Mahesh Kumar

Anatomy of Natural Language Processing

Source: https://people.cs.umass.edu/~sameer/

As Wikipedia says ‘Natural language processing (NLP) is a field of computer science, artificial intelligence, and computational linguistics concerned with the interactions between computers and human (natural) languages and, in particular, concerned with programming computers to fruitfully process large natural language corpora’.

Why is NLP required?

There are several reasons that made NLP popular within the Artificial Intelligence and Machine Learning community, especially the huge opportunity that NLP provided to everyone to work on large sets of textual data.

Few of the domains, where NLP plays a crucial role is:

Steps taken to solve a NLP problem

In this notebook, let’s try to classify news’s articles to different categories based on the article content and in doing so let’s look at the various steps that we take to solve a NLP problem.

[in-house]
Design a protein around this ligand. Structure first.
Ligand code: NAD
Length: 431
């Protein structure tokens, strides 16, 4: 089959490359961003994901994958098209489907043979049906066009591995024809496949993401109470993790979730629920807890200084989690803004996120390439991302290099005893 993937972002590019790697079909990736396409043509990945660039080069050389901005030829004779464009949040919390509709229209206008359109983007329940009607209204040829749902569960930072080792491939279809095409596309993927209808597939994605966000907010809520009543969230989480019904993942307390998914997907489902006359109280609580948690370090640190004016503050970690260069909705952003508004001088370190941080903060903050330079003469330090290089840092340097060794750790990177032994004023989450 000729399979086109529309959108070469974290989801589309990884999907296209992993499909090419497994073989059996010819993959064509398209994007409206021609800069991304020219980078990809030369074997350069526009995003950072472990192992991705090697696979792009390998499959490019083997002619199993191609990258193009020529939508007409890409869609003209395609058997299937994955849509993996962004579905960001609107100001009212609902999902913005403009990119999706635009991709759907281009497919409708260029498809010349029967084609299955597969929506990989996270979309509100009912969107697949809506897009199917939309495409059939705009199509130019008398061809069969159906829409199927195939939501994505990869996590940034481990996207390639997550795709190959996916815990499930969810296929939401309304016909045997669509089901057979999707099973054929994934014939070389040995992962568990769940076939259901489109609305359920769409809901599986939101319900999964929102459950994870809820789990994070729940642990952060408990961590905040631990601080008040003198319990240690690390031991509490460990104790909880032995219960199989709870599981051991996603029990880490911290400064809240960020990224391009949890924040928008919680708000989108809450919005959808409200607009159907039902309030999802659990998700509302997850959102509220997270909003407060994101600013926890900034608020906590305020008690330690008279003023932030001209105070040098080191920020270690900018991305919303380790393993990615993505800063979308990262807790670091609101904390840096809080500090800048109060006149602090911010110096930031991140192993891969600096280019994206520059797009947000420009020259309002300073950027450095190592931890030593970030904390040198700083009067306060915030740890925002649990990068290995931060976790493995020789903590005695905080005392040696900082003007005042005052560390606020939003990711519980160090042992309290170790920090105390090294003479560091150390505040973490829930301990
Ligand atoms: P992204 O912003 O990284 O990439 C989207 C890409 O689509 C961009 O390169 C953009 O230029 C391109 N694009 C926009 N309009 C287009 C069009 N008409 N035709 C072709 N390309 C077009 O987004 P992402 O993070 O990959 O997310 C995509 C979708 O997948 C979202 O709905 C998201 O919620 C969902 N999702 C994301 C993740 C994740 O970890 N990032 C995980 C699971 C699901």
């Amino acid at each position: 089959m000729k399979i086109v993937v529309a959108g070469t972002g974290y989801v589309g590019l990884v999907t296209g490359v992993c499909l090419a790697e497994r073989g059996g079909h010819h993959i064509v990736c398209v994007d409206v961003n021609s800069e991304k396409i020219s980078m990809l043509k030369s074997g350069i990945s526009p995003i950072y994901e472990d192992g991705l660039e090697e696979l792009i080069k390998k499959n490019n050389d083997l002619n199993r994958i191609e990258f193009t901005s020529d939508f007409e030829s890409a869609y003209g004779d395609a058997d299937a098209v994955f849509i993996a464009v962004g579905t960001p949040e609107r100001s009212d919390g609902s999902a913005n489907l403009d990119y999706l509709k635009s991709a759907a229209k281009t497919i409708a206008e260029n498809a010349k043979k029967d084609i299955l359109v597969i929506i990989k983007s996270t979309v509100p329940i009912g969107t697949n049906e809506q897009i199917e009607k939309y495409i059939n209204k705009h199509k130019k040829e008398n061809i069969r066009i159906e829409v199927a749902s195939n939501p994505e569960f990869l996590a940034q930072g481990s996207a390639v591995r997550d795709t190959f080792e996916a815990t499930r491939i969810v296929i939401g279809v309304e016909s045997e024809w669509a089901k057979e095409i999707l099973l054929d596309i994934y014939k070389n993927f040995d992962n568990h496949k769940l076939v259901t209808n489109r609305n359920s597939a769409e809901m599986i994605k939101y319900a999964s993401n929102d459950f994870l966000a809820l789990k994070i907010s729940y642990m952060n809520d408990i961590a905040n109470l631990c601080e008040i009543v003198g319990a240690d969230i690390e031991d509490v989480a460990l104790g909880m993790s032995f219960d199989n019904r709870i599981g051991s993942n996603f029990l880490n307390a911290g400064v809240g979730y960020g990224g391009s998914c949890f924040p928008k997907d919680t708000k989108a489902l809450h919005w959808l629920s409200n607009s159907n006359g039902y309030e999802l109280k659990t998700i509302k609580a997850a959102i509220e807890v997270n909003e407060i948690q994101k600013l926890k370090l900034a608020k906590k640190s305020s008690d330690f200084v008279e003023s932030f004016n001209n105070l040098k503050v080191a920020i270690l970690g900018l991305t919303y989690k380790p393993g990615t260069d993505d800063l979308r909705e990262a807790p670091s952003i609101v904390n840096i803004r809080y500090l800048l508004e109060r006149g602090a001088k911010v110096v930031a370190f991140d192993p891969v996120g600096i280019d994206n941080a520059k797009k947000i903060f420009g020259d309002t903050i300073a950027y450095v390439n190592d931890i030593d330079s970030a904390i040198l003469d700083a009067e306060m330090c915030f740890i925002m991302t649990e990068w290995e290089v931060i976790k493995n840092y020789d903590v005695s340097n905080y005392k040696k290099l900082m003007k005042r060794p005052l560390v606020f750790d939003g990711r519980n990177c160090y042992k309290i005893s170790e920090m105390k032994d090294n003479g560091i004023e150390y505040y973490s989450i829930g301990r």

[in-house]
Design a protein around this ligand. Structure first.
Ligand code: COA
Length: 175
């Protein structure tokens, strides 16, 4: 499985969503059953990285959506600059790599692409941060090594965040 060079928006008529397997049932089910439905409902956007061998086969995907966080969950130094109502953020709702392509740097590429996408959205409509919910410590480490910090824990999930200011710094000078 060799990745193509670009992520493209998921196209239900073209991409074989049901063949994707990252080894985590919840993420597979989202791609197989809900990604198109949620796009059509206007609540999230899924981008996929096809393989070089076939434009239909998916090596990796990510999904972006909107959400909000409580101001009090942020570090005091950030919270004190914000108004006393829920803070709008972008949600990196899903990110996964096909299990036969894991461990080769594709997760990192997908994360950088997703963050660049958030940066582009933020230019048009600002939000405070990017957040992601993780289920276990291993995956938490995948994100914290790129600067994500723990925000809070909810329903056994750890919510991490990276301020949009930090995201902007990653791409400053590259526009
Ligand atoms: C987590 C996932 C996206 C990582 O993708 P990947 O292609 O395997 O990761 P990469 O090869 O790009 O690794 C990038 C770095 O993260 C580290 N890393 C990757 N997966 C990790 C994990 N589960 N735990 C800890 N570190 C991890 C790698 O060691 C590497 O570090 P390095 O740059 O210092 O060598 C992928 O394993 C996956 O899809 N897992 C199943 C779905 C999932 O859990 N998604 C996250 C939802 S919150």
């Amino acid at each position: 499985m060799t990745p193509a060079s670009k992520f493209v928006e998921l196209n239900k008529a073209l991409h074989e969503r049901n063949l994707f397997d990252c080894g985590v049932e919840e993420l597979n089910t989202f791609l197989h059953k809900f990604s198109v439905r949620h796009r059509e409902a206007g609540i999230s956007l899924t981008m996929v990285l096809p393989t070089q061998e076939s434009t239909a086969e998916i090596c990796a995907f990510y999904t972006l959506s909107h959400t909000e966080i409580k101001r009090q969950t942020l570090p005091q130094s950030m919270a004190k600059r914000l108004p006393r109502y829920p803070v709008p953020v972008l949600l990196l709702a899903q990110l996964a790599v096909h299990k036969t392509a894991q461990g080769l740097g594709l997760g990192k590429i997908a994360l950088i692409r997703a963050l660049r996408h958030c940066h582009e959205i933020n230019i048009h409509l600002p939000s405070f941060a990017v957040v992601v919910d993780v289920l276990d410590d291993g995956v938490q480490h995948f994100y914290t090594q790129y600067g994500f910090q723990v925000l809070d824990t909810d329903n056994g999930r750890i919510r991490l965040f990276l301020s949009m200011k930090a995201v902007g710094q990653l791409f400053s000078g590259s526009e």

1. Collection of the Dataset

The first and foremost step in any Machine Learning or NLP based problem is to collect a dataset. For our problem, let’s try to collect news articles from Doxydonkey.

# imports
import urllib2
from bs4 import BeautifulSoup
# URL to collect the data
url = "http://doxydonkey.blogspot.in"
# Method to request, response and soup the data
def beautifySoup(url):
    request = urllib2.Request(url)
    response = urllib2.urlopen(request)
    soup = BeautifulSoup(response)
    return soup
# Collecting all articles hyper links
def collectArticles(links):
    articles = []
    for link in links:
        content = []
        soup = beautifySoup(link)
        divs = soup.find_all('div', {'class': 'post-body'})
        for div in divs:
            content += map(lambda p: p.text.encode("ascii", errors="replace").replace("?", ""), div.find_all("li"))
        articles += content
    return articles
# Method to collect all the articles data
def collectData(url, links):
    soup = beautifySoup(url)